One of the big advantages to me was that someone else was giving Emily instructions and feedback about her writing. Emily likes to write and is great at churning out first drafts, but she hates to revise. It was nice for me to stand back, knowing that she was responsible to someone else for finishing assignments and was being required to go through each step from brainstorming to finished essay. For the most part, she worked on her own. On a couple of occasions, I did suggest that she work a bit more on an assignment before she turned it in. And I was glad that she was required to rework one section. It probably would have been helpful if the teacher had been a little tougher on her at the beginning. She was very encouraging, but I would have liked to see Emily pushed a bit more toward excellence. The only point where I actually helped a bit was on the final editing (punctuation and spelling).
There are four courses in the Rock Star Essay program:
- The Personal Statement
- The Persuasive Essay
- The Expository Essay
- The Textual Analysis
Each course is $57 (or $197 for all four). Completing of all four courses in this homeschool writing program is equivalent to 0.5 English credits. The course is designed for middle to high school students and, while the course assignments are same for all, the teachers guidance and expectations will vary with the writing ability of each particular student.
If you are looking for an outside teacher to help your student gain proficiency in essay writing, the Rock Star Essay program is a good option.
Thursday, October 2, 2014
Geometry has been pretty difficult for Emily for the past few weeks, as she’s learned theorems about triangles, parallel and transverse lines, and polygons and solved for unknown angles. She’s having a much easier week right now, learning about solids. One of her assignments today was to draw and assemble the nets of various 3-dimensional shapes. I think I even heard a “This is fun,” comment come from her lips!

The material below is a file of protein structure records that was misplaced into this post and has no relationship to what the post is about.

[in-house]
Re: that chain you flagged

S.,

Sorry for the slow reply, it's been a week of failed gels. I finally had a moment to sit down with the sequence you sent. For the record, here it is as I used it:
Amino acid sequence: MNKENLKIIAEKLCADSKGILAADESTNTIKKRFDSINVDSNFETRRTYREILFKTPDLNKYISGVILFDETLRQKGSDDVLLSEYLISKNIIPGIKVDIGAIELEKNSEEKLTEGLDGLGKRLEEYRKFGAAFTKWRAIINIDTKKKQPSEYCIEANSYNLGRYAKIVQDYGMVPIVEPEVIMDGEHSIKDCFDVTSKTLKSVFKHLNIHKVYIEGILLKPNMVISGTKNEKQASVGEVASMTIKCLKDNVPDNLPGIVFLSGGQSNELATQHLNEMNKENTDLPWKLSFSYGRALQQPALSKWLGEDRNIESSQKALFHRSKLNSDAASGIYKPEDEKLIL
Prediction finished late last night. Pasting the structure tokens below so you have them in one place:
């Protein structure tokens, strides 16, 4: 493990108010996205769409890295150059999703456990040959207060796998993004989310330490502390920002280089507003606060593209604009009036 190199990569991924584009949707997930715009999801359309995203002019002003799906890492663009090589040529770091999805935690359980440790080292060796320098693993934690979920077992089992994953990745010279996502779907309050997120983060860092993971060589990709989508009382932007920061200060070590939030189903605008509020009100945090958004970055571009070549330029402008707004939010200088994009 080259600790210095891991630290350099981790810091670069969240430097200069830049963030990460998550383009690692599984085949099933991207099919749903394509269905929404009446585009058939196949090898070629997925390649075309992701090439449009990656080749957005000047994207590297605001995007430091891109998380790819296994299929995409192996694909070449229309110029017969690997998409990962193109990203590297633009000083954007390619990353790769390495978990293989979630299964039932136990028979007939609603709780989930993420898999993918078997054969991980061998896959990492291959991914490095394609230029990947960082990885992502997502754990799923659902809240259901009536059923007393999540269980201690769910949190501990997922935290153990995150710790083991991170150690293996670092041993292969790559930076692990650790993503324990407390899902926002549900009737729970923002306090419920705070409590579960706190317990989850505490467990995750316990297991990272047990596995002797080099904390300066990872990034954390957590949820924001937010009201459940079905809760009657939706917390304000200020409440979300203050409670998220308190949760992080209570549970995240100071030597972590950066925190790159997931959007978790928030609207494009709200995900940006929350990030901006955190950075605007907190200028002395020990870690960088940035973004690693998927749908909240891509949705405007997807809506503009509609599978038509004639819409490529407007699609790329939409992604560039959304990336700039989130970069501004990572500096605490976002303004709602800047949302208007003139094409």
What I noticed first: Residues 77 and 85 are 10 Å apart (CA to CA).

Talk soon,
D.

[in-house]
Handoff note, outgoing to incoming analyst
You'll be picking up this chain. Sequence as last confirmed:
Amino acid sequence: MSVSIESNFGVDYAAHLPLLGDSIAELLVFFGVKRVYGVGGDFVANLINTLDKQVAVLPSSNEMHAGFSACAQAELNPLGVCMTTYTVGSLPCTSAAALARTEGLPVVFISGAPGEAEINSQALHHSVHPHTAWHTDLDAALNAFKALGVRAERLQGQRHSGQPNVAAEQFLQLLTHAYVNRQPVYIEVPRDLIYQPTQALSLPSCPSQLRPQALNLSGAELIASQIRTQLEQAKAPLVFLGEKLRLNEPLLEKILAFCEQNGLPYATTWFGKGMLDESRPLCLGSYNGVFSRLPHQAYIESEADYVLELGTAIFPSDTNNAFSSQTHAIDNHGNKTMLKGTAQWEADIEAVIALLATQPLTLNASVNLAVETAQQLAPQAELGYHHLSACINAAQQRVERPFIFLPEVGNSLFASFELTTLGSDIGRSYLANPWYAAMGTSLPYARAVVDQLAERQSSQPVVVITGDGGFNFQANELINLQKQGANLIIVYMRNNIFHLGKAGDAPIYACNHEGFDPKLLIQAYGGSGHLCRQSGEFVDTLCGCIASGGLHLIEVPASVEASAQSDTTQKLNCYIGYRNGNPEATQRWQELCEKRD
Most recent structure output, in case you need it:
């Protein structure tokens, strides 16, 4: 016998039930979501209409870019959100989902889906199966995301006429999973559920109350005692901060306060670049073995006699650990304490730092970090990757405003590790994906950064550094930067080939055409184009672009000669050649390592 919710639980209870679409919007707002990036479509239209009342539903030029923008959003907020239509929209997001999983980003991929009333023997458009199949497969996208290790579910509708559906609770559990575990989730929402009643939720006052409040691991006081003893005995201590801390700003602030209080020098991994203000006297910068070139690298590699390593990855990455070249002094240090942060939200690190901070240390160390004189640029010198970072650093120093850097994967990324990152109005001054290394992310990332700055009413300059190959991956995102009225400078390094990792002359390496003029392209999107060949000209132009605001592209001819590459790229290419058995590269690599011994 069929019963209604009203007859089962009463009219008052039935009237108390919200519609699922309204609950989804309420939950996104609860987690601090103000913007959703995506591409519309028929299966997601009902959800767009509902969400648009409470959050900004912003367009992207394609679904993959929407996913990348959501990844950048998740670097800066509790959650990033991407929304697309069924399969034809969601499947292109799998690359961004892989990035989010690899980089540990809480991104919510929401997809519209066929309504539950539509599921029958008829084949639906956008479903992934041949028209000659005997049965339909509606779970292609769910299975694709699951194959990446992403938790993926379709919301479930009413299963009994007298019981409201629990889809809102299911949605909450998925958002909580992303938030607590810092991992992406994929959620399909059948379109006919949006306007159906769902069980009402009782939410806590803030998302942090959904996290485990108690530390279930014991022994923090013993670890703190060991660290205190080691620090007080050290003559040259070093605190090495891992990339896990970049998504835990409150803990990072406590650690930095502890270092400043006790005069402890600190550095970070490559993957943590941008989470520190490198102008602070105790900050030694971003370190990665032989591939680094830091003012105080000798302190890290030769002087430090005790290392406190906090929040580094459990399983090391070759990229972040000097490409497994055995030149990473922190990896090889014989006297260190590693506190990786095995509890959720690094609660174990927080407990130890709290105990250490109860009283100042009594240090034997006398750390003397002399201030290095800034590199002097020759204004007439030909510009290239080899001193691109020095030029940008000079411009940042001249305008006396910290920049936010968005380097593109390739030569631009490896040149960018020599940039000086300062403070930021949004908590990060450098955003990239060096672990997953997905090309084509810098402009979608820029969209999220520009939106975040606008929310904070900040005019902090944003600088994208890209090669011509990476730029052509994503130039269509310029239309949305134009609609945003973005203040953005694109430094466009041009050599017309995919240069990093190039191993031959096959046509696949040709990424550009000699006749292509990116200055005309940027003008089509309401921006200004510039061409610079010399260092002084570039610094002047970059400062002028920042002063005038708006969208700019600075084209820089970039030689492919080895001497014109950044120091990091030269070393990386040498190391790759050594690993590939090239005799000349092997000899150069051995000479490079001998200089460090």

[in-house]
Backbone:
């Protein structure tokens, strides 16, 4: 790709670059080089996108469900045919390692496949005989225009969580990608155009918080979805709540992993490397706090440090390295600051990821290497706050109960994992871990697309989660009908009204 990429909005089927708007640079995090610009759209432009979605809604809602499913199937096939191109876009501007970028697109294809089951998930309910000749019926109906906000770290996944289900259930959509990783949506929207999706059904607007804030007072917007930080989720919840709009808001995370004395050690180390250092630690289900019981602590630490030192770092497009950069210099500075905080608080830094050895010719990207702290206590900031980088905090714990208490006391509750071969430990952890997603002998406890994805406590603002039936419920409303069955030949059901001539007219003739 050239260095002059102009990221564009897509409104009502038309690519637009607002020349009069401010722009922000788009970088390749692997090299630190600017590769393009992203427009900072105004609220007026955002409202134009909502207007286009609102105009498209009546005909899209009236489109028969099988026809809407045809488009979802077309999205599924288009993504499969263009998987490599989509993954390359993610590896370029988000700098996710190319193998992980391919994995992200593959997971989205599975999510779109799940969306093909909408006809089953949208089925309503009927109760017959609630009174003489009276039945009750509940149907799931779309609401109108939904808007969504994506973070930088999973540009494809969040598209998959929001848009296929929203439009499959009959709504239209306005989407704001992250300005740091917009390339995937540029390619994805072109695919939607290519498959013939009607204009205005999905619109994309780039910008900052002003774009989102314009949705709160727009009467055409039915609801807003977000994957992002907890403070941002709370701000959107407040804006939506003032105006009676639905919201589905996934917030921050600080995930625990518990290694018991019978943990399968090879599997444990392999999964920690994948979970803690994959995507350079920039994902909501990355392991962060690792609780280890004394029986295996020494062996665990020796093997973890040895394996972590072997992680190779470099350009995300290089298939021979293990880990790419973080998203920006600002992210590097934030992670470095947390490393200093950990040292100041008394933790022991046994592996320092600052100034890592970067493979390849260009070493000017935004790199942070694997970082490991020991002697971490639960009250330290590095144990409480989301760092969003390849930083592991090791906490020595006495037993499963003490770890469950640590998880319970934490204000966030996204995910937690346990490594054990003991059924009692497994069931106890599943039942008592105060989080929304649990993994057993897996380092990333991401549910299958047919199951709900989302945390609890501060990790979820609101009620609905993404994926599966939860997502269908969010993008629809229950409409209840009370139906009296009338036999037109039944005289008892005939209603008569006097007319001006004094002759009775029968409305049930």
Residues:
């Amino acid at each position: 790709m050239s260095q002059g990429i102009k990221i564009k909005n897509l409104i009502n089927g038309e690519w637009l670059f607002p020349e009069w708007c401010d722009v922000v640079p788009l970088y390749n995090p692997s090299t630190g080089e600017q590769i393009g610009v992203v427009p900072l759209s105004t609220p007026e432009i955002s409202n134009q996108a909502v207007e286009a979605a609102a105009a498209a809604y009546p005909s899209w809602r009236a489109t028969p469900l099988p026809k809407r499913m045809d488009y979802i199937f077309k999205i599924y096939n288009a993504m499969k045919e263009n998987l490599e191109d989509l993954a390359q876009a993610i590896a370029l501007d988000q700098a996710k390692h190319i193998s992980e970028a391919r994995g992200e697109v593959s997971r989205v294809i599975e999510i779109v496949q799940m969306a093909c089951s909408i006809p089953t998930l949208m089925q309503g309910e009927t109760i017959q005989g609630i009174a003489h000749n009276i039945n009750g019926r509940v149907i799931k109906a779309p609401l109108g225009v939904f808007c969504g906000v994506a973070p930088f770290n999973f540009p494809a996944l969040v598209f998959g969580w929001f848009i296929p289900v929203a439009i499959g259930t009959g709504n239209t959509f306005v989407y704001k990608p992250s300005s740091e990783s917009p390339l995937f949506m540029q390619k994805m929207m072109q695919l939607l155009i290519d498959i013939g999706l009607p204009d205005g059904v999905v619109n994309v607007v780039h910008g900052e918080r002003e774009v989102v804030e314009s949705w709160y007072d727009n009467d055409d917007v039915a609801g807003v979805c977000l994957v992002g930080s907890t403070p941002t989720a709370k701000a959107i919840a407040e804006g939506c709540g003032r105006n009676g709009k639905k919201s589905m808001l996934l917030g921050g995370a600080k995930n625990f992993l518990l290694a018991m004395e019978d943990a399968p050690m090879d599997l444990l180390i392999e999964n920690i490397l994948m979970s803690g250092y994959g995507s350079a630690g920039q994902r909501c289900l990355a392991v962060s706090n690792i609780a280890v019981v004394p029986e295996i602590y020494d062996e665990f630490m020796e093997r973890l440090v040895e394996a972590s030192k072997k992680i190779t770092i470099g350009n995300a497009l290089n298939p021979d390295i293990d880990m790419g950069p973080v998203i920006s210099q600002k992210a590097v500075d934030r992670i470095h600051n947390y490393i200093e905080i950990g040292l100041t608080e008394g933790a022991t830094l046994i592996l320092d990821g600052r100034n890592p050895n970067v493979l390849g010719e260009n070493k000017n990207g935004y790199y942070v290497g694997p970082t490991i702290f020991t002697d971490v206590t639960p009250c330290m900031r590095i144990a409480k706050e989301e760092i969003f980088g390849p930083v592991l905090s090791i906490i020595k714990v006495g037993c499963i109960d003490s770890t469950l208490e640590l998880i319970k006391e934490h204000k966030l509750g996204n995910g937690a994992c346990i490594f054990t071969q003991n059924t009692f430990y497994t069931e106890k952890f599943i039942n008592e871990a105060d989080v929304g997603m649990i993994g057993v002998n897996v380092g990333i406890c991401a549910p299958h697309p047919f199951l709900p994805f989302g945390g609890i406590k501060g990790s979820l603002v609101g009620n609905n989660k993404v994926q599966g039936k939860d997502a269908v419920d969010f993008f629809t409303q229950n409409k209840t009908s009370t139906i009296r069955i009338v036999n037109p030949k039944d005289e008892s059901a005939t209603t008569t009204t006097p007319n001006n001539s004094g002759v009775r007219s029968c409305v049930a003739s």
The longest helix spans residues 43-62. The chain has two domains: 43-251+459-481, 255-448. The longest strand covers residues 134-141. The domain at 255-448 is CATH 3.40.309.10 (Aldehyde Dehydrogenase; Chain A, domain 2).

Personally, I’ve never cared for 3-dimensional math, but she seems to have knack for it.
Wednesday, October 1, 2014
Last week in biology class, we learned about algae. First, we spent some time reviewing and discussing the various algae phyla in Kingdom Protista. Then, the students spent some time with the microscope viewing and drawing pre-made slides of volvox and spirogyra. Then they spent some time writing out question cards for Module 3. For the last 25 minutes of class, they divided into teams and played a quiz game with the questions they had made. Most fun class yet!
Friday, September 26, 2014
Fix It! Grammar is a newly revised series published by Institute for Excellence in Writing that teaches grammar principles through real stories. By teaching grammatical principles in context rather than through drill, the carry-over to actual writing should be greater. There are six books in this series, which is written for third grade and up.
IEW recommends that any age learner begin with Book 1, but does offer a placement test for students who have had other grammar instruction and wish to begin at a higher level. We started with Book 3: Frog Prince, or Just Deserts, which is for grades six and up. The Teacher’s Manual includes a free downloadable Student Book, but a printed Student Book is available for those who don’t wish to print their own copies.